Understanding vaping’s new rules Don’t let Brexit send your plans up in smoke…
The vaping industry has seen something of a rollercoaster over the past year: once one of the few positive stories in high street retail, the COVID-19 pandemic has resulted in the shuttering of bricks-and-mortar stores – both temporary and permanent – as they first fell foul of their non-essential status during the lockdown, followed by the long tail of retail woe as a result of the dramatic drop in footfall.
At the same time, however, it has benefited hugely from online subscription models as smart businesses adapt to the needs of a naturally loyal audience who want a guaranteed regular supply of their products. Those that developed the most efficient online order and delivery services – and those that had them in place already – have seen a boost in sales. (Indeed, enterprising off-licences have been able to use Deliveroo and Uber Eats to sell vape products to customers.) Meanwhile, several major supermarkets are offering franchise opportunities, even creating social distance-friendly ‘pod shops’, allowing vape retailers to set up small retail stores in their car parks.
All of this has of course been set against endless reviews and potential changes in the law. For instance, the UK Vaping Industry Association (UKVIA) recently called on the UK government to reduce VAT on its products, given their use in helping to curb tobacco smoking. And the uncertainty will only continue as Brexit affects import/export rules.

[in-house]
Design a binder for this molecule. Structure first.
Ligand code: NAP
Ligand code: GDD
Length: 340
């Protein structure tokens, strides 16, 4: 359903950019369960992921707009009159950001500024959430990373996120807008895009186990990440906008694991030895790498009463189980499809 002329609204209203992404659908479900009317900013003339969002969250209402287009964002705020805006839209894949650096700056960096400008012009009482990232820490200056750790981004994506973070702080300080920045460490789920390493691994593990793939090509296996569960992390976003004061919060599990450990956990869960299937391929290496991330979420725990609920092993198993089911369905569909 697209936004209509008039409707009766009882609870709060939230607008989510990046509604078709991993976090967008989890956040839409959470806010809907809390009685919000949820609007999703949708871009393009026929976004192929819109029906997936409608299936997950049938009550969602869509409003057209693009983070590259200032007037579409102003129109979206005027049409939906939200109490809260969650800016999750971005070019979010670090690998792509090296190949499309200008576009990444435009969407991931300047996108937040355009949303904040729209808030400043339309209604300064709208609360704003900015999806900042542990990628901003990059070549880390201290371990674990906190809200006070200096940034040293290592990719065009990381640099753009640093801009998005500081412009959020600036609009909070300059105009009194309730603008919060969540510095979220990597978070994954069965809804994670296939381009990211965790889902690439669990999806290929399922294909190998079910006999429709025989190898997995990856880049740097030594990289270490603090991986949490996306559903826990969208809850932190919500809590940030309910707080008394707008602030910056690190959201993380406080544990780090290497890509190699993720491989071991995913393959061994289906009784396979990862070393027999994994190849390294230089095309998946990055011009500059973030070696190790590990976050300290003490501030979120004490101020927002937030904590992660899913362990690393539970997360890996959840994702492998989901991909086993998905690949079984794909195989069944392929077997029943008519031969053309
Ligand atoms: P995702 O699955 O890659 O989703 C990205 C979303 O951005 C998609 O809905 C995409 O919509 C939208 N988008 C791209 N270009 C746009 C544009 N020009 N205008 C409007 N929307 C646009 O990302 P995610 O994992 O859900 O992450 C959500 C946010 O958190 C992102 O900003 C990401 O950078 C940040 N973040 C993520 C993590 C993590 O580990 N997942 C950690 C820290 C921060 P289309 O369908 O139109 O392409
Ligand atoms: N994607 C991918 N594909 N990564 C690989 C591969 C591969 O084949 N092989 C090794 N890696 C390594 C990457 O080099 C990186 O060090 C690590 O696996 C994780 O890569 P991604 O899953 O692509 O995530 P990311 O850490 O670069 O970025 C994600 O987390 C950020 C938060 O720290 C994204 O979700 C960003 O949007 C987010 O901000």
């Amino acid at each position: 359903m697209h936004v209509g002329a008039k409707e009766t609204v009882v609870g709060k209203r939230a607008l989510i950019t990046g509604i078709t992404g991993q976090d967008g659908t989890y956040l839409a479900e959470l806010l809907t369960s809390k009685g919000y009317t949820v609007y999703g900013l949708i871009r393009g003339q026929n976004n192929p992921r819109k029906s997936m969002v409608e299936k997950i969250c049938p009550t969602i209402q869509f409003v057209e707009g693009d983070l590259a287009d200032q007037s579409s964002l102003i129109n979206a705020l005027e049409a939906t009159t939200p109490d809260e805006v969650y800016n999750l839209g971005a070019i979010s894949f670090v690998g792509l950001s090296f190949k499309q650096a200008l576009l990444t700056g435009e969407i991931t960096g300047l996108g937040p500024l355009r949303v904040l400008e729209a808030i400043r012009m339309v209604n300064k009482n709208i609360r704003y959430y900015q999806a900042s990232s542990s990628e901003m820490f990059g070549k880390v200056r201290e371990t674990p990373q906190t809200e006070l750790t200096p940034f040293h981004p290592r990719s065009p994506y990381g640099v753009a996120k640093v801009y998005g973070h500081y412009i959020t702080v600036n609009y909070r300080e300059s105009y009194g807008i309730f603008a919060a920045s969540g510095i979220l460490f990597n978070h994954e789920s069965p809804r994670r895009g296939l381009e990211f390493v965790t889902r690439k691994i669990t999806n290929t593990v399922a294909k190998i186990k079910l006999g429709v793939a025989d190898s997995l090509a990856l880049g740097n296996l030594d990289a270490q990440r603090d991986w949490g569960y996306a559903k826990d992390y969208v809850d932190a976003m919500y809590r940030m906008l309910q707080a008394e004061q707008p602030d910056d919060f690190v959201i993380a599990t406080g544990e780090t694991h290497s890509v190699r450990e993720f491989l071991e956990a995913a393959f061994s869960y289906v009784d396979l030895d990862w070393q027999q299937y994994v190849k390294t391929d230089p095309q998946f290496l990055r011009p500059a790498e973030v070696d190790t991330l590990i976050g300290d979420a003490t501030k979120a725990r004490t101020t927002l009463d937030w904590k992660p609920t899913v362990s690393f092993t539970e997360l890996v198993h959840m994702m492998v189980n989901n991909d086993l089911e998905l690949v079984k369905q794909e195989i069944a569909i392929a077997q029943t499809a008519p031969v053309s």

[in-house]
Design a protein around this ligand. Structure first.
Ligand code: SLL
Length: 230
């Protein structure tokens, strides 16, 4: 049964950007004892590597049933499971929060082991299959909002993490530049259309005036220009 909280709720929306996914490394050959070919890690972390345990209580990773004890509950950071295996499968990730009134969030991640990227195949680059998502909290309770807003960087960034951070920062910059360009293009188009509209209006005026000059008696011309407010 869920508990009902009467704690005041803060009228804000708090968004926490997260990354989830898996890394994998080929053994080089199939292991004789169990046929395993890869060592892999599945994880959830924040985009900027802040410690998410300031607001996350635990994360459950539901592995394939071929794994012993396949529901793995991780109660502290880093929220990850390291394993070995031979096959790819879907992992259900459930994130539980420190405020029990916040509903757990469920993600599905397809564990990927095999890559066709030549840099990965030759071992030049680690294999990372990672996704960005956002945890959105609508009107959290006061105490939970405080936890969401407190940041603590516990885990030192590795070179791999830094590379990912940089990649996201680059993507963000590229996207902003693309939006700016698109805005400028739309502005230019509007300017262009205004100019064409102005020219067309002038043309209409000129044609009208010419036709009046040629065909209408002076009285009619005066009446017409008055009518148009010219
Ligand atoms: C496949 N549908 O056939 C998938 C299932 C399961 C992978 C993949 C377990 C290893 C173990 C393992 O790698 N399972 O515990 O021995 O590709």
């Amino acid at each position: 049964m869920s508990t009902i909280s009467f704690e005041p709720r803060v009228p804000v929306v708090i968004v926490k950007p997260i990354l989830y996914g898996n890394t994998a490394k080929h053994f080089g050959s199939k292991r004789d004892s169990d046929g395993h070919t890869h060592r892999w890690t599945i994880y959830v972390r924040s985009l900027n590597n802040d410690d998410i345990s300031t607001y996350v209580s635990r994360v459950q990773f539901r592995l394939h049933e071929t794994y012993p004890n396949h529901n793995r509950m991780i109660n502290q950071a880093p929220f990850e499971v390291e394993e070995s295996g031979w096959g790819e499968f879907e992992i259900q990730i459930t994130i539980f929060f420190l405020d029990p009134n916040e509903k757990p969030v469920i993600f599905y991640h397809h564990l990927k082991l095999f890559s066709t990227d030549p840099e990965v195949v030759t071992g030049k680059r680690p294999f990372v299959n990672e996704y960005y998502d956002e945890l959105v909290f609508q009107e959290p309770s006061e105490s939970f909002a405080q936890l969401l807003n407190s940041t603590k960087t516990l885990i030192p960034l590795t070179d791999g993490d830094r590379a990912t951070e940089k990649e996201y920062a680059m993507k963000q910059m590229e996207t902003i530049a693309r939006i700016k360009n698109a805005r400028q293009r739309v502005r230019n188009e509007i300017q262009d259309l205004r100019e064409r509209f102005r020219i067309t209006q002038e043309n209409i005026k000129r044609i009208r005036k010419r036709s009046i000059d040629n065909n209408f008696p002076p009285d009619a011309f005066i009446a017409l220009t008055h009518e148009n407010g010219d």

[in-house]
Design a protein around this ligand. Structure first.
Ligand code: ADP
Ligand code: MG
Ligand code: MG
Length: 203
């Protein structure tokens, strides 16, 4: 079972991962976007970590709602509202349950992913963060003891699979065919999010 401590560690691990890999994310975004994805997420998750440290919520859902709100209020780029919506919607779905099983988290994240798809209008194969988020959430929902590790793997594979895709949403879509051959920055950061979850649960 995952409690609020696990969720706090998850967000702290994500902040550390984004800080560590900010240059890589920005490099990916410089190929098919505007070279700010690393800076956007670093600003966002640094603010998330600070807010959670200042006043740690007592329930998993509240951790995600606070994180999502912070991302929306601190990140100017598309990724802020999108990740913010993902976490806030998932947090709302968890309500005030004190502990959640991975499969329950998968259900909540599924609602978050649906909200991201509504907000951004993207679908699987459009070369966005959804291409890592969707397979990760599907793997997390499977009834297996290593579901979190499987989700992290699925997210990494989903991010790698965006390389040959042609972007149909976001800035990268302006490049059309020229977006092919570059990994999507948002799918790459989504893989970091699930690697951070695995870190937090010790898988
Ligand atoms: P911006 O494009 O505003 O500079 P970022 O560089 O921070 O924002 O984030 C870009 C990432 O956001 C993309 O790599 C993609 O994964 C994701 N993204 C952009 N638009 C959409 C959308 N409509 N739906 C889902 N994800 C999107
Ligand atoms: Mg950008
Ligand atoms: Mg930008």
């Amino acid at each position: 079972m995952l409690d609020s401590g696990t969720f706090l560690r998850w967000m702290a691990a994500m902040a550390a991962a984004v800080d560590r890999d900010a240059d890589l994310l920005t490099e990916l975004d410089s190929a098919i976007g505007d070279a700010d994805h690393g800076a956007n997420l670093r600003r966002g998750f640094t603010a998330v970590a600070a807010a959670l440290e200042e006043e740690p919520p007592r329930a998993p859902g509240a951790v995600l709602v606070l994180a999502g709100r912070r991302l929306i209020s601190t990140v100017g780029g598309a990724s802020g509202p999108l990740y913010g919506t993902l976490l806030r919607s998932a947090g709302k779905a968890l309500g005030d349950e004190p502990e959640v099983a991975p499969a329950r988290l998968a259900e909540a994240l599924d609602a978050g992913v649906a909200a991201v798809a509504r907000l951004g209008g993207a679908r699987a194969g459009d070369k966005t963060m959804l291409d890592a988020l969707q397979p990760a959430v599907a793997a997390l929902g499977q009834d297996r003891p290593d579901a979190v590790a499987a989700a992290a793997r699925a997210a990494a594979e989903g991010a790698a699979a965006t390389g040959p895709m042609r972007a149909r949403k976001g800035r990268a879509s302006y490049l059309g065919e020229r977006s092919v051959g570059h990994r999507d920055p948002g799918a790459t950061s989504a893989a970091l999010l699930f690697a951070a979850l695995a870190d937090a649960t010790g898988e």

What does Brexit mean for the industry?
This isn’t a simple question, of course. Brexit’s impact on trade is still to be seen, but it appears the vaping industry will be particularly affected. The government has published a draft Tobacco Products and Nicotine Inhaling Products (Amendment etc.) (UK Exit) Regulation 2020 paper – the parentheses in the title only adding to the sense of uncertainty. In short, it aims to ensure tobacco control legislation will continue to work effectively, requiring EU Member States to introduce advertising restrictions for e-cigarette products, for instance, whilst maintaining product standards for ingredients and emissions as well as rules around packaging.
Crucially, the amendment will allow goods to move freely between Great Britain and Northern Ireland, as long as products conform to tobacco picture warning requirements.
It’s worth noting that more detailed guidance around the notification requirements for products is due to be announced, so this is all subject to change and worth watching closely.
Why the change?
As an EU Member State, the UK has until now been regulated by its implementation of the Tobacco Products Directive (TPD), published by the European Union in 2014. As Britain withdraws from Europe, this will need to be reviewed – meaning that everything from nicotine strength and vape tank sizes to advertising laws will be reconsidered.
The UK government has committed to consider opportunities to ‘alter the legislative provisions for improved health incomes within the UK context’. Given that Jeremy Hunt MP, whilst Secretary of State for Health and Social Care, wrote a leader article for Politics Home promising ‘Britain will always be a world leader in public health’, it seems likely this will mean a tightening of restrictions, further impacting on those looking to export or import products to or from Europe.
It’s clear the opportunities are huge in this market – so keeping one step ahead of the rapidly changing law is vital.
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